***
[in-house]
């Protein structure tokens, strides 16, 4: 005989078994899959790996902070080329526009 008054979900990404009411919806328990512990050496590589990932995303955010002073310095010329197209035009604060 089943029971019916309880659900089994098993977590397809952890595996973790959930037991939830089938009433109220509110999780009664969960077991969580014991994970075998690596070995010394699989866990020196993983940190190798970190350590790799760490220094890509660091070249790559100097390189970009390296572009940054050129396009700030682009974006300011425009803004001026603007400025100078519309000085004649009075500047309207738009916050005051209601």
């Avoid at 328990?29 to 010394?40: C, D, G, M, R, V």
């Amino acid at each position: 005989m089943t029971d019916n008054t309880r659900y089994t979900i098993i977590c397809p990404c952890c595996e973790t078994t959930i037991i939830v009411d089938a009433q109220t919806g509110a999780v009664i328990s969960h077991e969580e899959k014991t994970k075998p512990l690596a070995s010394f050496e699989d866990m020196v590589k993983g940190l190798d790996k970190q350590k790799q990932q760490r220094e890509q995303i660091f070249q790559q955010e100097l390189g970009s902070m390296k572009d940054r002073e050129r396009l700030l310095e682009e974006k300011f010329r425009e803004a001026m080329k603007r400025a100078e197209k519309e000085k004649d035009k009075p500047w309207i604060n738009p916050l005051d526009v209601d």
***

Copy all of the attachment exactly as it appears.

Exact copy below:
[in-house]
């Protein structure tokens, strides 16, 4: 005989078994899959790996902070080329526009 008054979900990404009411919806328990512990050496590589990932995303955010002073310095010329197209035009604060 089943029971019916309880659900089994098993977590397809952890595996973790959930037991939830089938009433109220509110999780009664969960077991969580014991994970075998690596070995010394699989866990020196993983940190190798970190350590790799760490220094890509660091070249790559100097390189970009390296572009940054050129396009700030682009974006300011425009803004001026603007400025100078519309000085004649009075500047309207738009916050005051209601």
């Avoid at 328990?29 to 010394?40: C, D, G, M, R, V």
């Amino acid at each position: 005989m089943t029971d019916n008054t309880r659900y089994t979900i098993i977590c397809p990404c952890c595996e973790t078994t959930i037991i939830v009411d089938a009433q109220t919806g509110a999780v009664i328990s969960h077991e969580e899959k014991t994970k075998p512990l690596a070995s010394f050496e699989d866990m020196v590589k993983g940190l190798d790996k970190q350590k790799q990932q760490r220094e890509q995303i660091f070249q790559q955010e100097l390189g970009s902070m390296k572009d940054r002073e050129r396009l700030l310095e682009e974006k300011f010329r425009e803004a001026m080329k603007r400025a100078e197209k519309e000085k004649d035009k009075p500047w309207i604060n738009p916050l005051d526009v209601d």